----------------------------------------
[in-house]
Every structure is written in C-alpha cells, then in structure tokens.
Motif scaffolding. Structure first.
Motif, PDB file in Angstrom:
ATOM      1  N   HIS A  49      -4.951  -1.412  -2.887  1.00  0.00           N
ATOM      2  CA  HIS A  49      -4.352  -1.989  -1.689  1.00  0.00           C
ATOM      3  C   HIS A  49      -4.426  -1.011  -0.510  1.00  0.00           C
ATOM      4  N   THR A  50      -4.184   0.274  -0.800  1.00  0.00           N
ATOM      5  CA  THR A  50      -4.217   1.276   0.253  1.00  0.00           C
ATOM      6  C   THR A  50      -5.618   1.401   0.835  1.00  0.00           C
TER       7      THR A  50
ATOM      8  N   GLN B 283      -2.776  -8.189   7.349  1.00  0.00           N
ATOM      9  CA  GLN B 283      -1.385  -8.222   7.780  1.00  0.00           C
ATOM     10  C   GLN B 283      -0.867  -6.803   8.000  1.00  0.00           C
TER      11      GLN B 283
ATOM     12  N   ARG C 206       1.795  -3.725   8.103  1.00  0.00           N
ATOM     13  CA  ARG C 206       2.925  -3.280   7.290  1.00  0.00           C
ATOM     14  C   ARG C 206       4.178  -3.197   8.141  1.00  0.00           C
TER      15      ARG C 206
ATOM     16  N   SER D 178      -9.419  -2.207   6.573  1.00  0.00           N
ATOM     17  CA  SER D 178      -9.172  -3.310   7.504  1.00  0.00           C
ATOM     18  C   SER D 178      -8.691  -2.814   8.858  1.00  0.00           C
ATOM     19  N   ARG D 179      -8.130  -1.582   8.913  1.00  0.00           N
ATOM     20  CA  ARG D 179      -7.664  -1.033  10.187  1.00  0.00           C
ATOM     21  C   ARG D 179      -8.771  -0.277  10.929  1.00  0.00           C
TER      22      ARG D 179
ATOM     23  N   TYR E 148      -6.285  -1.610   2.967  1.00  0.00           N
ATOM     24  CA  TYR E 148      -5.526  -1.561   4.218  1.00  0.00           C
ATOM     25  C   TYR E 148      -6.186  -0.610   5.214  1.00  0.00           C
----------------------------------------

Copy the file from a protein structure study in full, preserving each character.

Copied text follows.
[in-house]
Every structure is written in C-alpha cells, then in structure tokens.
Motif scaffolding. Structure first.
Motif, PDB file in Angstrom:
ATOM      1  N   HIS A  49      -4.951  -1.412  -2.887  1.00  0.00           N
ATOM      2  CA  HIS A  49      -4.352  -1.989  -1.689  1.00  0.00           C
ATOM      3  C   HIS A  49      -4.426  -1.011  -0.510  1.00  0.00           C
ATOM      4  N   THR A  50      -4.184   0.274  -0.800  1.00  0.00           N
ATOM      5  CA  THR A  50      -4.217   1.276   0.253  1.00  0.00           C
ATOM      6  C   THR A  50      -5.618   1.401   0.835  1.00  0.00           C
TER       7      THR A  50
ATOM      8  N   GLN B 283      -2.776  -8.189   7.349  1.00  0.00           N
ATOM      9  CA  GLN B 283      -1.385  -8.222   7.780  1.00  0.00           C
ATOM     10  C   GLN B 283      -0.867  -6.803   8.000  1.00  0.00           C
TER      11      GLN B 283
ATOM     12  N   ARG C 206       1.795  -3.725   8.103  1.00  0.00           N
ATOM     13  CA  ARG C 206       2.925  -3.280   7.290  1.00  0.00           C
ATOM     14  C   ARG C 206       4.178  -3.197   8.141  1.00  0.00           C
TER      15      ARG C 206
ATOM     16  N   SER D 178      -9.419  -2.207   6.573  1.00  0.00           N
ATOM     17  CA  SER D 178      -9.172  -3.310   7.504  1.00  0.00           C
ATOM     18  C   SER D 178      -8.691  -2.814   8.858  1.00  0.00           C
ATOM     19  N   ARG D 179      -8.130  -1.582   8.913  1.00  0.00           N
ATOM     20  CA  ARG D 179      -7.664  -1.033  10.187  1.00  0.00           C
ATOM     21  C   ARG D 179      -8.771  -0.277  10.929  1.00  0.00           C
TER      22      ARG D 179
ATOM     23  N   TYR E 148      -6.285  -1.610   2.967  1.00  0.00           N
ATOM     24  CA  TYR E 148      -5.526  -1.561   4.218  1.00  0.00           C
ATOM     25  C   TYR E 148      -6.186  -0.610   5.214  1.00  0.00           C